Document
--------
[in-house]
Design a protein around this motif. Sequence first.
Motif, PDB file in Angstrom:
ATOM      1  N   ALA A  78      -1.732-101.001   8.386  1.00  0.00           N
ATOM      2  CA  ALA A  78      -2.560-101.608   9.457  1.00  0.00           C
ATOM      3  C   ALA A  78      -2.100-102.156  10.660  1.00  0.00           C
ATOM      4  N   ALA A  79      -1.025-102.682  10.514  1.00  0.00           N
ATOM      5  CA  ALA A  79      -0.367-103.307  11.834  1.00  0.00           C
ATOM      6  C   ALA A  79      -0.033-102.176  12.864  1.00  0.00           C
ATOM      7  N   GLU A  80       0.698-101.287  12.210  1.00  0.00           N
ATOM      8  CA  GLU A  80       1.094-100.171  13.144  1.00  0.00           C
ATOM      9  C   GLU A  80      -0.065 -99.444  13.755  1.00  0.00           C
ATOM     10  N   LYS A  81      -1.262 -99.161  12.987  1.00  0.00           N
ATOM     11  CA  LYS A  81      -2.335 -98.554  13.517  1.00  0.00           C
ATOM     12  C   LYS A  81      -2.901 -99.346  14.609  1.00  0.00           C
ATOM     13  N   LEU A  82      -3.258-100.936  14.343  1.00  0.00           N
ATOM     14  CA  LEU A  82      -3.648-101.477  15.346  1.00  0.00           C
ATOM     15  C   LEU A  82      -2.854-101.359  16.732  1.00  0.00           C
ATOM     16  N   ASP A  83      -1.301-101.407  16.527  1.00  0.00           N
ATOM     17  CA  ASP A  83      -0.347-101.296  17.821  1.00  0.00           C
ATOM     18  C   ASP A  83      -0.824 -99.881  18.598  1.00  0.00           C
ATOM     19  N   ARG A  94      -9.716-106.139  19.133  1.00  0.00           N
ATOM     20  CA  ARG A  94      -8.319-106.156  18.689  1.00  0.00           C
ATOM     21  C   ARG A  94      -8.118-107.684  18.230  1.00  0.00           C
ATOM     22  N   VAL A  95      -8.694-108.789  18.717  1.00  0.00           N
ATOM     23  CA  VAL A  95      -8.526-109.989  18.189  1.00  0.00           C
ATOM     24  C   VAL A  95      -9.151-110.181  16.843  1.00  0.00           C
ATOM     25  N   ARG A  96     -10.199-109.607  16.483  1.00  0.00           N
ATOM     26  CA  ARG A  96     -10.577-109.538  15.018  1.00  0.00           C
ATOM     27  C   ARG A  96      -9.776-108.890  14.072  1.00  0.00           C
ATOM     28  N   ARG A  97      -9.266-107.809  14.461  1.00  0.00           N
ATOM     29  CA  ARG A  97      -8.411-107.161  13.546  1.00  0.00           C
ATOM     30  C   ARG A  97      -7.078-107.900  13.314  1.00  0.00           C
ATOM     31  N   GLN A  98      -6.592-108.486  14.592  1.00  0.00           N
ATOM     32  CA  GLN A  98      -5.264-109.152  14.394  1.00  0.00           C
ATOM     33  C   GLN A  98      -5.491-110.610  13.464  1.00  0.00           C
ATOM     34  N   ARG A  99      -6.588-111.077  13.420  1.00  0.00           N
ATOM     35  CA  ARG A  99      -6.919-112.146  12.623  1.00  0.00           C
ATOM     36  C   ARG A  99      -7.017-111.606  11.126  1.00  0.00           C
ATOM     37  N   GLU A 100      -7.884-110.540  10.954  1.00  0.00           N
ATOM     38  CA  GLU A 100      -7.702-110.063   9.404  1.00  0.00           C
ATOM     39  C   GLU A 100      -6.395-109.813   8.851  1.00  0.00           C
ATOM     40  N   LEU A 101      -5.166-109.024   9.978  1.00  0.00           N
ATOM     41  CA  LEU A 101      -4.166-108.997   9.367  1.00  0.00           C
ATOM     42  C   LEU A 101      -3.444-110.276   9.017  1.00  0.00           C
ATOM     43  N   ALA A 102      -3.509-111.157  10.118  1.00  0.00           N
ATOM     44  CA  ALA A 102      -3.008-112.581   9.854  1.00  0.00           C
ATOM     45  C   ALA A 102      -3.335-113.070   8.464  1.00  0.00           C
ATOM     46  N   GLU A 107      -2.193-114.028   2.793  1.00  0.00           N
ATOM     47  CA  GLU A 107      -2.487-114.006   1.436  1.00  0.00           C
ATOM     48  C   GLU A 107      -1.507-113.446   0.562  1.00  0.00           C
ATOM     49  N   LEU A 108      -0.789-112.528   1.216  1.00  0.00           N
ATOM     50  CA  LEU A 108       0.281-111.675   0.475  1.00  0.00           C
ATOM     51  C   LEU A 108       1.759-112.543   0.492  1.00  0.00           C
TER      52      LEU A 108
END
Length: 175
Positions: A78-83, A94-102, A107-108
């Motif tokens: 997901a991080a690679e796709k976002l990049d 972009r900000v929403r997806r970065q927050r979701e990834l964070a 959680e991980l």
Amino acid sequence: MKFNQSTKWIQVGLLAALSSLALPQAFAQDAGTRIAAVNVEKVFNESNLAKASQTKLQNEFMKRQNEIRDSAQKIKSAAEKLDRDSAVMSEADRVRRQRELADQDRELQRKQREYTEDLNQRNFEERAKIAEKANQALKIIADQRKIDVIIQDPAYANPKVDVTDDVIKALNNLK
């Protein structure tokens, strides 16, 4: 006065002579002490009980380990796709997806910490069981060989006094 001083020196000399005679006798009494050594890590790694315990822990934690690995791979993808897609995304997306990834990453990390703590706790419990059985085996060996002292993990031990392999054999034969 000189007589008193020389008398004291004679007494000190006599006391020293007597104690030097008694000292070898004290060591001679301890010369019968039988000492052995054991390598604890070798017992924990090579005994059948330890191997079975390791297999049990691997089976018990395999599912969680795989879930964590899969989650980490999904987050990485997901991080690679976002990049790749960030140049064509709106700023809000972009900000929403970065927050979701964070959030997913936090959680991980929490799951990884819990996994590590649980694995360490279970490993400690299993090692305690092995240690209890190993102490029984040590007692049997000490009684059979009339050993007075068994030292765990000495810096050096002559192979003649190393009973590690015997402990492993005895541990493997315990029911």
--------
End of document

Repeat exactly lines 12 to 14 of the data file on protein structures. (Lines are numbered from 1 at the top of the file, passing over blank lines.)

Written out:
ATOM      9  C   GLU A  80      -0.065 -99.444  13.755  1.00  0.00           C
ATOM     10  N   LYS A  81      -1.262 -99.161  12.987  1.00  0.00           N
ATOM     11  CA  LYS A  81      -2.335 -98.554  13.517  1.00  0.00           C